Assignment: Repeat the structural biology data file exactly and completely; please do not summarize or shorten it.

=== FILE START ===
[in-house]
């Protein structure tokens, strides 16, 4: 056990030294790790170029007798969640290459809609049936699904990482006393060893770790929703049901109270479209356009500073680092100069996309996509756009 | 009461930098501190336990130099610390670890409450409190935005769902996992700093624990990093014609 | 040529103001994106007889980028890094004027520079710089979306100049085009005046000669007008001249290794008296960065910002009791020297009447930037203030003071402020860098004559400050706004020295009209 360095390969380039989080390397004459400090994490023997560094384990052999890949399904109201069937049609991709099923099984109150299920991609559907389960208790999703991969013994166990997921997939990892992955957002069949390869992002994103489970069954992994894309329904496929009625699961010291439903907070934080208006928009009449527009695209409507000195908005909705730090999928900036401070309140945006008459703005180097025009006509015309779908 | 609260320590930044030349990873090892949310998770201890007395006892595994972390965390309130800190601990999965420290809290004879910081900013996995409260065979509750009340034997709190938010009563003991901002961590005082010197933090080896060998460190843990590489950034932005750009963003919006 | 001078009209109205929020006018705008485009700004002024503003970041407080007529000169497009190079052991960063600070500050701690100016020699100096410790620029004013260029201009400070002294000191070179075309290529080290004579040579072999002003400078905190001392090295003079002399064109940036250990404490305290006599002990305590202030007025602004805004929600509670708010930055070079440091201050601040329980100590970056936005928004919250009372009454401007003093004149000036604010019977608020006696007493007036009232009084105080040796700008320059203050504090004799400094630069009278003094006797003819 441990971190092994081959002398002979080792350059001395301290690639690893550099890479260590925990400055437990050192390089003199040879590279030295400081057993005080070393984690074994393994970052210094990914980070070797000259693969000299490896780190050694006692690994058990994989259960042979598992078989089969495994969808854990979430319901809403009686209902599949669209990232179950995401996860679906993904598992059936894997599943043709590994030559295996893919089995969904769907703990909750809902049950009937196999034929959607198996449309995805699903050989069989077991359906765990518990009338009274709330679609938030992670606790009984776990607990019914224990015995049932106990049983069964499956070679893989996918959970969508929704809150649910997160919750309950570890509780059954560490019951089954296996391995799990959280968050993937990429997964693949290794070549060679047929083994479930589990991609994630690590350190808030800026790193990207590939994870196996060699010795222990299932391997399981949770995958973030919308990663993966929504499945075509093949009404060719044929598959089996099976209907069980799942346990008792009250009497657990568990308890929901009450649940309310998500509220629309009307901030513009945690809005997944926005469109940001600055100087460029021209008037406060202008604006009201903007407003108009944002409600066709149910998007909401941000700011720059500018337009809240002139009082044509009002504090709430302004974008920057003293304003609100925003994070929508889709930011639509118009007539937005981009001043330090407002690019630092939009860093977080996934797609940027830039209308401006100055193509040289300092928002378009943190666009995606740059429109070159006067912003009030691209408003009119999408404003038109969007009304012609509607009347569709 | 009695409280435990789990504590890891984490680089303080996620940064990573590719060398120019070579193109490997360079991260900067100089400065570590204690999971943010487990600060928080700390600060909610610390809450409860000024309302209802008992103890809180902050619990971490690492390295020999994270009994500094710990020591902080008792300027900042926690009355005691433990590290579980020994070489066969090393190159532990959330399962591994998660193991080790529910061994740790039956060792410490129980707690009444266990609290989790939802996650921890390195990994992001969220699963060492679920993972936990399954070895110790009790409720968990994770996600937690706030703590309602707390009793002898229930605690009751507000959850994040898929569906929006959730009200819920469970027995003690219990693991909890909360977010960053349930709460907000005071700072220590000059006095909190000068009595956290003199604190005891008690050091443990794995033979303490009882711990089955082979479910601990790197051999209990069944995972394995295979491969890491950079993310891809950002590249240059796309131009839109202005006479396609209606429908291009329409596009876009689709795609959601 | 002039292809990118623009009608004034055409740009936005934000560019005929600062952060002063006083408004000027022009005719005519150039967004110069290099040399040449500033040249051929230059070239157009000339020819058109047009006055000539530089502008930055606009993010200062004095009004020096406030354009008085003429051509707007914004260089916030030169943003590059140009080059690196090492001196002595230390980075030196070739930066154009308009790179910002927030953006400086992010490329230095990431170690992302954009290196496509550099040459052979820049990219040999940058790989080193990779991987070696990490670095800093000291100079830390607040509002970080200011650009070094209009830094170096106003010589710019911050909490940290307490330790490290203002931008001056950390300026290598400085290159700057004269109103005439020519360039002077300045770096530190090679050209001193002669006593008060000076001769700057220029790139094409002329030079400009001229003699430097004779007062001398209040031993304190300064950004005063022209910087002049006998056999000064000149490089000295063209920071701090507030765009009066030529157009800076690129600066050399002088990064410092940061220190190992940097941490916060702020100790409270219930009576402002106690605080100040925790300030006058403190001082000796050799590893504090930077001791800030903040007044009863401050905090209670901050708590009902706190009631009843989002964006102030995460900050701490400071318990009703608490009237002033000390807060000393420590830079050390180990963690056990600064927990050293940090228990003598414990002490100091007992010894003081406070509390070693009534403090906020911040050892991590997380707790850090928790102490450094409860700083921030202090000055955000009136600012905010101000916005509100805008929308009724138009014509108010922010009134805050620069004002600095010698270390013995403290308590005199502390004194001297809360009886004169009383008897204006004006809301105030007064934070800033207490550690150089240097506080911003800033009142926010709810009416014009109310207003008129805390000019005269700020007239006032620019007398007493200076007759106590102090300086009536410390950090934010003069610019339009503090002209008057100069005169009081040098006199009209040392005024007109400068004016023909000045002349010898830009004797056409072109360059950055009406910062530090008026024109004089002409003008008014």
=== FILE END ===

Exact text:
[in-house]
């Protein structure tokens, strides 16, 4: 056990030294790790170029007798969640290459809609049936699904990482006393060893770790929703049901109270479209356009500073680092100069996309996509756009 | 009461930098501190336990130099610390670890409450409190935005769902996992700093624990990093014609 | 040529103001994106007889980028890094004027520079710089979306100049085009005046000669007008001249290794008296960065910002009791020297009447930037203030003071402020860098004559400050706004020295009209 360095390969380039989080390397004459400090994490023997560094384990052999890949399904109201069937049609991709099923099984109150299920991609559907389960208790999703991969013994166990997921997939990892992955957002069949390869992002994103489970069954992994894309329904496929009625699961010291439903907070934080208006928009009449527009695209409507000195908005909705730090999928900036401070309140945006008459703005180097025009006509015309779908 | 609260320590930044030349990873090892949310998770201890007395006892595994972390965390309130800190601990999965420290809290004879910081900013996995409260065979509750009340034997709190938010009563003991901002961590005082010197933090080896060998460190843990590489950034932005750009963003919006 | 001078009209109205929020006018705008485009700004002024503003970041407080007529000169497009190079052991960063600070500050701690100016020699100096410790620029004013260029201009400070002294000191070179075309290529080290004579040579072999002003400078905190001392090295003079002399064109940036250990404490305290006599002990305590202030007025602004805004929600509670708010930055070079440091201050601040329980100590970056936005928004919250009372009454401007003093004149000036604010019977608020006696007493007036009232009084105080040796700008320059203050504090004799400094630069009278003094006797003819 441990971190092994081959002398002979080792350059001395301290690639690893550099890479260590925990400055437990050192390089003199040879590279030295400081057993005080070393984690074994393994970052210094990914980070070797000259693969000299490896780190050694006692690994058990994989259960042979598992078989089969495994969808854990979430319901809403009686209902599949669209990232179950995401996860679906993904598992059936894997599943043709590994030559295996893919089995969904769907703990909750809902049950009937196999034929959607198996449309995805699903050989069989077991359906765990518990009338009274709330679609938030992670606790009984776990607990019914224990015995049932106990049983069964499956070679893989996918959970969508929704809150649910997160919750309950570890509780059954560490019951089954296996391995799990959280968050993937990429997964693949290794070549060679047929083994479930589990991609994630690590350190808030800026790193990207590939994870196996060699010795222990299932391997399981949770995958973030919308990663993966929504499945075509093949009404060719044929598959089996099976209907069980799942346990008792009250009497657990568990308890929901009450649940309310998500509220629309009307901030513009945690809005997944926005469109940001600055100087460029021209008037406060202008604006009201903007407003108009944002409600066709149910998007909401941000700011720059500018337009809240002139009082044509009002504090709430302004974008920057003293304003609100925003994070929508889709930011639509118009007539937005981009001043330090407002690019630092939009860093977080996934797609940027830039209308401006100055193509040289300092928002378009943190666009995606740059429109070159006067912003009030691209408003009119999408404003038109969007009304012609509607009347569709 | 009695409280435990789990504590890891984490680089303080996620940064990573590719060398120019070579193109490997360079991260900067100089400065570590204690999971943010487990600060928080700390600060909610610390809450409860000024309302209802008992103890809180902050619990971490690492390295020999994270009994500094710990020591902080008792300027900042926690009355005691433990590290579980020994070489066969090393190159532990959330399962591994998660193991080790529910061994740790039956060792410490129980707690009444266990609290989790939802996650921890390195990994992001969220699963060492679920993972936990399954070895110790009790409720968990994770996600937690706030703590309602707390009793002898229930605690009751507000959850994040898929569906929006959730009200819920469970027995003690219990693991909890909360977010960053349930709460907000005071700072220590000059006095909190000068009595956290003199604190005891008690050091443990794995033979303490009882711990089955082979479910601990790197051999209990069944995972394995295979491969890491950079993310891809950002590249240059796309131009839109202005006479396609209606429908291009329409596009876009689709795609959601 | 002039292809990118623009009608004034055409740009936005934000560019005929600062952060002063006083408004000027022009005719005519150039967004110069290099040399040449500033040249051929230059070239157009000339020819058109047009006055000539530089502008930055606009993010200062004095009004020096406030354009008085003429051509707007914004260089916030030169943003590059140009080059690196090492001196002595230390980075030196070739930066154009308009790179910002927030953006400086992010490329230095990431170690992302954009290196496509550099040459052979820049990219040999940058790989080193990779991987070696990490670095800093000291100079830390607040509002970080200011650009070094209009830094170096106003010589710019911050909490940290307490330790490290203002931008001056950390300026290598400085290159700057004269109103005439020519360039002077300045770096530190090679050209001193002669006593008060000076001769700057220029790139094409002329030079400009001229003699430097004779007062001398209040031993304190300064950004005063022209910087002049006998056999000064000149490089000295063209920071701090507030765009009066030529157009800076690129600066050399002088990064410092940061220190190992940097941490916060702020100790409270219930009576402002106690605080100040925790300030006058403190001082000796050799590893504090930077001791800030903040007044009863401050905090209670901050708590009902706190009631009843989002964006102030995460900050701490400071318990009703608490009237002033000390807060000393420590830079050390180990963690056990600064927990050293940090228990003598414990002490100091007992010894003081406070509390070693009534403090906020911040050892991590997380707790850090928790102490450094409860700083921030202090000055955000009136600012905010101000916005509100805008929308009724138009014509108010922010009134805050620069004002600095010698270390013995403290308590005199502390004194001297809360009886004169009383008897204006004006809301105030007064934070800033207490550690150089240097506080911003800033009142926010709810009416014009109310207003008129805390000019005269700020007239006032620019007398007493200076007759106590102090300086009536410390950090934010003069610019339009503090002209008057100069005169009081040098006199009209040392005024007109400068004016023909000045002349010898830009004797056409072109360059950055009406910062530090008026024109004089002409003008008014």